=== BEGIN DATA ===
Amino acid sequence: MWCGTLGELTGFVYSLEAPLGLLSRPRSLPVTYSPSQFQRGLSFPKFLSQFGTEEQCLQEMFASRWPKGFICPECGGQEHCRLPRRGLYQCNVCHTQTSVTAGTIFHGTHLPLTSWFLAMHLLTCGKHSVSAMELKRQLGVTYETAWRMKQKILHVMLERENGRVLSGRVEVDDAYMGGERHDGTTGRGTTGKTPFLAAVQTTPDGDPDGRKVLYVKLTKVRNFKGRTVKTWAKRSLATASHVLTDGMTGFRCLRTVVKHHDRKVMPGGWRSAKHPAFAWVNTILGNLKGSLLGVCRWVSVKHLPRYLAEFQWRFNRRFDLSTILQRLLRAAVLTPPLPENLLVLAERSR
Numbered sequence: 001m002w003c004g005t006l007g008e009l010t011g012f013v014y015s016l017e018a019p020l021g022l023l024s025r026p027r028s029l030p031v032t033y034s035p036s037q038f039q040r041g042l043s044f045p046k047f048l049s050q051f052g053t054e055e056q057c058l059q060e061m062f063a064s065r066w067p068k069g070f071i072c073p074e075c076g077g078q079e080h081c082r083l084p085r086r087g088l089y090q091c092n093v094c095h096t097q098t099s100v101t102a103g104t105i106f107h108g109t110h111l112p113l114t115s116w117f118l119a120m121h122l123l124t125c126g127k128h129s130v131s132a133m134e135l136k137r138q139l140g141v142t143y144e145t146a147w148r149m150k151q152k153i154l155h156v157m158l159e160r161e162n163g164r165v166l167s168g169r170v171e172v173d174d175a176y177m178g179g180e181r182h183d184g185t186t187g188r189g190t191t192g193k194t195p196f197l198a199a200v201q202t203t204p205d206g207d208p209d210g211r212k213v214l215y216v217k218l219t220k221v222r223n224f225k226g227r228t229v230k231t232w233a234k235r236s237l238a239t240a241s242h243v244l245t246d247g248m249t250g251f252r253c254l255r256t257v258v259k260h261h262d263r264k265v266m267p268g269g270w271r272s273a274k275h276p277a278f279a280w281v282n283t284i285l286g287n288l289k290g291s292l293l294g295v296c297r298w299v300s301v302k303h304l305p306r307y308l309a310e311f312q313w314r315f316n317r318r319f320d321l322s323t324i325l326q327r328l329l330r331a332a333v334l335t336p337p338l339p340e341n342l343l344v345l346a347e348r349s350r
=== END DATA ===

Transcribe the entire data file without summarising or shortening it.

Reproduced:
Amino acid sequence: MWCGTLGELTGFVYSLEAPLGLLSRPRSLPVTYSPSQFQRGLSFPKFLSQFGTEEQCLQEMFASRWPKGFICPECGGQEHCRLPRRGLYQCNVCHTQTSVTAGTIFHGTHLPLTSWFLAMHLLTCGKHSVSAMELKRQLGVTYETAWRMKQKILHVMLERENGRVLSGRVEVDDAYMGGERHDGTTGRGTTGKTPFLAAVQTTPDGDPDGRKVLYVKLTKVRNFKGRTVKTWAKRSLATASHVLTDGMTGFRCLRTVVKHHDRKVMPGGWRSAKHPAFAWVNTILGNLKGSLLGVCRWVSVKHLPRYLAEFQWRFNRRFDLSTILQRLLRAAVLTPPLPENLLVLAERSR
Numbered sequence: 001m002w003c004g005t006l007g008e009l010t011g012f013v014y015s016l017e018a019p020l021g022l023l024s025r026p027r028s029l030p031v032t033y034s035p036s037q038f039q040r041g042l043s044f045p046k047f048l049s050q051f052g053t054e055e056q057c058l059q060e061m062f063a064s065r066w067p068k069g070f071i072c073p074e075c076g077g078q079e080h081c082r083l084p085r086r087g088l089y090q091c092n093v094c095h096t097q098t099s100v101t102a103g104t105i106f107h108g109t110h111l112p113l114t115s116w117f118l119a120m121h122l123l124t125c126g127k128h129s130v131s132a133m134e135l136k137r138q139l140g141v142t143y144e145t146a147w148r149m150k151q152k153i154l155h156v157m158l159e160r161e162n163g164r165v166l167s168g169r170v171e172v173d174d175a176y177m178g179g180e181r182h183d184g185t186t187g188r189g190t191t192g193k194t195p196f197l198a199a200v201q202t203t204p205d206g207d208p209d210g211r212k213v214l215y216v217k218l219t220k221v222r223n224f225k226g227r228t229v230k231t232w233a234k235r236s237l238a239t240a241s242h243v244l245t246d247g248m249t250g251f252r253c254l255r256t257v258v259k260h261h262d263r264k265v266m267p268g269g270w271r272s273a274k275h276p277a278f279a280w281v282n283t284i285l286g287n288l289k290g291s292l293l294g295v296c297r298w299v300s301v302k303h304l305p306r307y308l309a310e311f312q313w314r315f316n317r318r319f320d321l322s323t324i325l326q327r328l329l330r331a332a333v334l335t336p337p338l339p340e341n342l343l344v345l346a347e348r349s350r